With victories in New Hampshire and Nevada and a firm lead in the national polls, Sen. Bernie Sanders is now unquestionably the frontrunner in the Democratic race. On Tuesday night, the top contenders met for their final debate before the South Carolina and Super Tuesday primaries, and everyone had their sights set firmly on the senator from Vermont. Mehdi Hasan talks to writer, activist, and Sanders surrogate Shaun King about Sanders’s performance and his groundbreaking answers to questions on foreign policy.
Bernie Sanders: Of course you have a dictatorship in Cuba. What I said is what Barack Obama said that Cuba made progress on education. Yes, I think —
BS: Really? Really?
Mehdi Hasan: Welcome to Deconstructed. I’m Mehdi Hasan. They all went after Bernie Sanders last night at the Democratic debate in South Carolina. But did they knock him out?
BS: I’m hearing my name mentioned a little bit tonight. I wonder why.
MH: On today’s special post-debate edition of the show, I’ll ask writer, activist and Sanders surrogate Shaun King, who also had some strong words about Michael Bloomberg getting a pass last night on the issue of spying on Muslims:
Shaun King: It was painful to see him on that debate stage not be confronted for that.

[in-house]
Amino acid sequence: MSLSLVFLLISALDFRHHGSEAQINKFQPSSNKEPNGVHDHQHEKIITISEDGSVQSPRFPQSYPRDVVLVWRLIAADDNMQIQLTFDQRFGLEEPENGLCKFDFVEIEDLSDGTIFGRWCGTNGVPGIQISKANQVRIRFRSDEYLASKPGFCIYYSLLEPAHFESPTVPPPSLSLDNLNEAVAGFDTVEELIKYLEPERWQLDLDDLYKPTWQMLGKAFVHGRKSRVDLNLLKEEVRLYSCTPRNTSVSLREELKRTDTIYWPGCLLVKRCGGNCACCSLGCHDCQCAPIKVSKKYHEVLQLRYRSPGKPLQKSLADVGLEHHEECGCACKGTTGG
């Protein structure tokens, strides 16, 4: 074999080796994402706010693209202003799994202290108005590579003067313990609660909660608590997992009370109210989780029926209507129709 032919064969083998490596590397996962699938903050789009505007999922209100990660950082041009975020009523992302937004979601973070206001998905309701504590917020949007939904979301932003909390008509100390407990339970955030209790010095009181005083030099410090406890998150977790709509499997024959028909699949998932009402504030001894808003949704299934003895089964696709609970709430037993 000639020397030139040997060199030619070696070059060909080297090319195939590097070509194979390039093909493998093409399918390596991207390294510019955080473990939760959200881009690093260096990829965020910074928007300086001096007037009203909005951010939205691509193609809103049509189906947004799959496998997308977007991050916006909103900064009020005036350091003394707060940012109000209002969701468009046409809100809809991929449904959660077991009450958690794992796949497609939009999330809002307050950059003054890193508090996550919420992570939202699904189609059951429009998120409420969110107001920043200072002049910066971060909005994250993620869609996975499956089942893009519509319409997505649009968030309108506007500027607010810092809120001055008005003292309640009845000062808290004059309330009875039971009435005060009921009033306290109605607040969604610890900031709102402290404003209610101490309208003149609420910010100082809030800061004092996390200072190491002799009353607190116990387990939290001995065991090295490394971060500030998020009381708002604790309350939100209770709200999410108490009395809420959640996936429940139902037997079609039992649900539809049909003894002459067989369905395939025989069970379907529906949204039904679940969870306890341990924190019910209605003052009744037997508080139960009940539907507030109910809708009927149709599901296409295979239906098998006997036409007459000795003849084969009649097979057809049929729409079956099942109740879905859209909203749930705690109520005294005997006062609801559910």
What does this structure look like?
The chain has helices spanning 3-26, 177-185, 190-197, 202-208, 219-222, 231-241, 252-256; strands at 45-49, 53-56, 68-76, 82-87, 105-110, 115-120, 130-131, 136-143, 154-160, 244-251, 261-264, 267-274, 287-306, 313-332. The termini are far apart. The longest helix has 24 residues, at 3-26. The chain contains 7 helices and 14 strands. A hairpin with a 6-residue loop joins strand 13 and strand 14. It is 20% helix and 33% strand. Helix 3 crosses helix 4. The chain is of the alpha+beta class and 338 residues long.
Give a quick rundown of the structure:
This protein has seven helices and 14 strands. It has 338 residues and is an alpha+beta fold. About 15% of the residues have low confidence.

MH: It was a debate in which the moderators lost control and asked awful questions, in which Michael Bloomberg dodged answering any tough questions, in which the rest of the candidates talked over one another, when they weren’t all attacking Bernie Sanders.
But here’s the thing: history was made, because on U.S. foreign policy we heard a candidate say things that we’ve never heard a U.S. presidential candidate say on the debate stage before.
Tom Steyer: Bernie Sanders’ analysis is right. The difference is, I don’t like his solutions. I don’t believe that a government takeover of large parts of the economy makes any sense.
Elizabeth Warren: I fought the big banks. I built the coalitions, and I won. I dug in. I did the work. And then Bernie’s team trashed me for it.
Joe Biden: Bernie voted five times against the Brady Bill. I’m not saying he’s responsible for the nine deaths, but that man would not have been able to get that weapon with the waiting period had been what I suggest until you are cleared.